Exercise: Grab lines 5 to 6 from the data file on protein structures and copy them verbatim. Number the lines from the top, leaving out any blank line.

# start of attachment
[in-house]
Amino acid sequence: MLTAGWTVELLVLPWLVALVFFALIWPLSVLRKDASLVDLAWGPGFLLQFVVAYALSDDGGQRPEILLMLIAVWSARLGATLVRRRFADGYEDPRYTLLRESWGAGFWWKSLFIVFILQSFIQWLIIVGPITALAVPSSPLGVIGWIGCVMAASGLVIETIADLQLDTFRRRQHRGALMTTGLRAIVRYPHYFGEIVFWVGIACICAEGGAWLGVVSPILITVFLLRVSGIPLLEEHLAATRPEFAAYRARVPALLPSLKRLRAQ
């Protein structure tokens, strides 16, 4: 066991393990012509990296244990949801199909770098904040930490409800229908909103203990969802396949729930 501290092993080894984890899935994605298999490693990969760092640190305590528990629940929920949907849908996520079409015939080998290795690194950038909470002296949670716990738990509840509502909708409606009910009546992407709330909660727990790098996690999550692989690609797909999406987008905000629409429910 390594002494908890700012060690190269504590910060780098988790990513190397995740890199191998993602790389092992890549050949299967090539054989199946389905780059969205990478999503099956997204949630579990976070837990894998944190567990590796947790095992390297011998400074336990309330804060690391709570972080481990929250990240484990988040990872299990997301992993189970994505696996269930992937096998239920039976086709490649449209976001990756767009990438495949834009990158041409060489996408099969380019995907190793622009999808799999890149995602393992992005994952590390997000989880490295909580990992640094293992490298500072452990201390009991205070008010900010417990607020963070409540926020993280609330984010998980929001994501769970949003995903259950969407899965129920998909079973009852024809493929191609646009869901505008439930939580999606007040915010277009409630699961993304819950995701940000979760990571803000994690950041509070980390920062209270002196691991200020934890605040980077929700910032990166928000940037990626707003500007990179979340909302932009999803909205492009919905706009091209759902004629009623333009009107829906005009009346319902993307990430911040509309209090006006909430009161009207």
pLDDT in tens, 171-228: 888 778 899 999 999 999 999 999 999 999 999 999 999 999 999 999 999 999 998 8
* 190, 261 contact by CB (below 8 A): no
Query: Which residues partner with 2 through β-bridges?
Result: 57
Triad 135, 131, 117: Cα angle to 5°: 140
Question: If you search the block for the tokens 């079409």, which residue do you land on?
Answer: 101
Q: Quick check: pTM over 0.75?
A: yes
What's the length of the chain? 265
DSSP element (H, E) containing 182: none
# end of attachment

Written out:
* 190, 261 contact by CB (below 8 A): no
Query: Which residues partner with 2 through β-bridges?